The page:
Pierre Bonnard, ‘Salon Des Cent Original Painting (Maquette)’, 1896, Omnibus Gallery

Year: 1896
Country: France
Condition: A
This graphic is one of the most important graphics of the Turn Of The Century period. When you pair this original art work / maquette next to the poster (which we also have for sale), you can see the many changes Bonnard made while he created the lithography stones. In this maquette there is only the leash and no dog among other things. He also became more daring in this graphic in the way he treated the woman's dress and this is important. With few exceptions, until that time, objects were complete and nothing was left to your imagination. Bonnard only shows the line of the ladies shoulder and the top of her dress,then you can see the dress again at the ground. Your mind makes up the rest of the shape of the dress even though the line is incomplete. If you take this concept of the mind recognizing objects even though they are incomplete even further, you evolve into Cubism, Abstraction, and all sorts of styles causing people to go nuts because the art was changing radically and they wanted their old pillow and blankie back.

This graphic was created for an exhibition of the Salon des Cent, a commercial art exhibition in Paris. The Salon des Cent was a group of one hundred artists, hence the name, though there never was a precise list and the participation varied. The salon had no jury and no prizes, and the artists could choose what they wanted to exhibit, being constrained only by the available space. The Salon des Cent publicized itself as a permanent, constantly changing exhibition of its members' works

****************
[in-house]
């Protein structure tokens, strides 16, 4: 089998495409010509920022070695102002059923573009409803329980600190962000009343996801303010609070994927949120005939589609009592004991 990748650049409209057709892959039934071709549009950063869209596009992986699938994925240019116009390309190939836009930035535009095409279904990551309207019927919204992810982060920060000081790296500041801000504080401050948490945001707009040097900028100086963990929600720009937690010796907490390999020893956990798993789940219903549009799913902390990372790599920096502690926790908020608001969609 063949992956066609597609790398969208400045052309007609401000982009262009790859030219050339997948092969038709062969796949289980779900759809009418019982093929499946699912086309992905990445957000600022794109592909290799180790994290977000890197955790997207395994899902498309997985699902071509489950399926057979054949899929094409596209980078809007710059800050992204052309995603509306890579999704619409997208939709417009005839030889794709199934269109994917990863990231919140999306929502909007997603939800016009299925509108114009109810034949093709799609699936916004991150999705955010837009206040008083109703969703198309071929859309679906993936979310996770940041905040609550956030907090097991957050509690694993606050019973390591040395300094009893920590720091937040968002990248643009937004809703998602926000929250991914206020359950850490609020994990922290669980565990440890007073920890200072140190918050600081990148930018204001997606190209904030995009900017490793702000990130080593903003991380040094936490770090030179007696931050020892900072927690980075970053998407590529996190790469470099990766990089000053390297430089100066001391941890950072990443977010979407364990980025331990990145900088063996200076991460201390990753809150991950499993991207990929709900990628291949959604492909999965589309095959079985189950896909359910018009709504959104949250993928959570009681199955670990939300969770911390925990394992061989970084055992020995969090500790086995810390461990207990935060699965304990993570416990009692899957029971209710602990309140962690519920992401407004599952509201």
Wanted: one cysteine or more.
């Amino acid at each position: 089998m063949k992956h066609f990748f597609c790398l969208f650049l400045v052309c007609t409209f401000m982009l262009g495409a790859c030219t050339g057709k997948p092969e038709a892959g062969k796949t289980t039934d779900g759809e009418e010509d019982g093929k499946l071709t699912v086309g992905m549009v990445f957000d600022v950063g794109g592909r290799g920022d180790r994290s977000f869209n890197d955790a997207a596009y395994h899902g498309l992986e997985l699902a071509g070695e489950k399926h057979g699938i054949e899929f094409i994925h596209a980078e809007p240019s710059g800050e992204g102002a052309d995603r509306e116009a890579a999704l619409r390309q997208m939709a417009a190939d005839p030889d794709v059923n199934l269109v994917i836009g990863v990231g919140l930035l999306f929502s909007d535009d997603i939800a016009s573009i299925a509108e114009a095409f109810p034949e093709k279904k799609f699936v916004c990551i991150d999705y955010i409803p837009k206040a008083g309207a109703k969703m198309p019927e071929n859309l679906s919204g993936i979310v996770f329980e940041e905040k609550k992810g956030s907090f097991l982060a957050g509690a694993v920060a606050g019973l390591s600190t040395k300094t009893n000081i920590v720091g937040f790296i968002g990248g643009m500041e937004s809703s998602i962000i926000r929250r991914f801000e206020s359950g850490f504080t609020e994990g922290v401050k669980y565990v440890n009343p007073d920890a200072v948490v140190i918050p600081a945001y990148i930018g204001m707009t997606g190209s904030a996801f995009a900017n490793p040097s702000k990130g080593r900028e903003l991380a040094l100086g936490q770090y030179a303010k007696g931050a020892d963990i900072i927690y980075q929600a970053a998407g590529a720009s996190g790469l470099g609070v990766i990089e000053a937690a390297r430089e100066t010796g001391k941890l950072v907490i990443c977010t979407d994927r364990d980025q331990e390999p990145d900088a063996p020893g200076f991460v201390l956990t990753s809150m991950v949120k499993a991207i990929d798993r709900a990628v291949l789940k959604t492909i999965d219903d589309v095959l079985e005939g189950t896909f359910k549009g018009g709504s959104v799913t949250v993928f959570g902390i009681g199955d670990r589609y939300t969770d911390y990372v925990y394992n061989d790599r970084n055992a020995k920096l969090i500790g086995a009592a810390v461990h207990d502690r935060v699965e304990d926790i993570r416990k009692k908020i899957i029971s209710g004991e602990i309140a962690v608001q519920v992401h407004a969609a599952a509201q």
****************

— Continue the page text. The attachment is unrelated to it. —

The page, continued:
Signature: Signed by the artist, inside the dress form.

About Pierre Bonnard

Known for painting light-soaked interiors, nudes and still lives, Pierre Bonnard’s lush canvases echo Claude Monet and Henri Matisse. Bonnard played a central role in Nabis, a group emphasizing the basic aesthetic properties of painting. Describing his method, Bonnard has said, “the principal subject is the surface, which has its color, its laws over and above those of object.” Rather than simply observe and reproduce the world around him, Bonnard sought to instill each picture with, in the words of Nabis colleague Maurice Denis, “a beauty outside nature.”

French, 1867-1947, Fontenay-aux-Roses, France, based in Paris, France

Fair History on Artsy

2013
Armstrong Fine Art at IFPDA Print Fair
2013
Jill Newhouse Gallery at Frieze Masters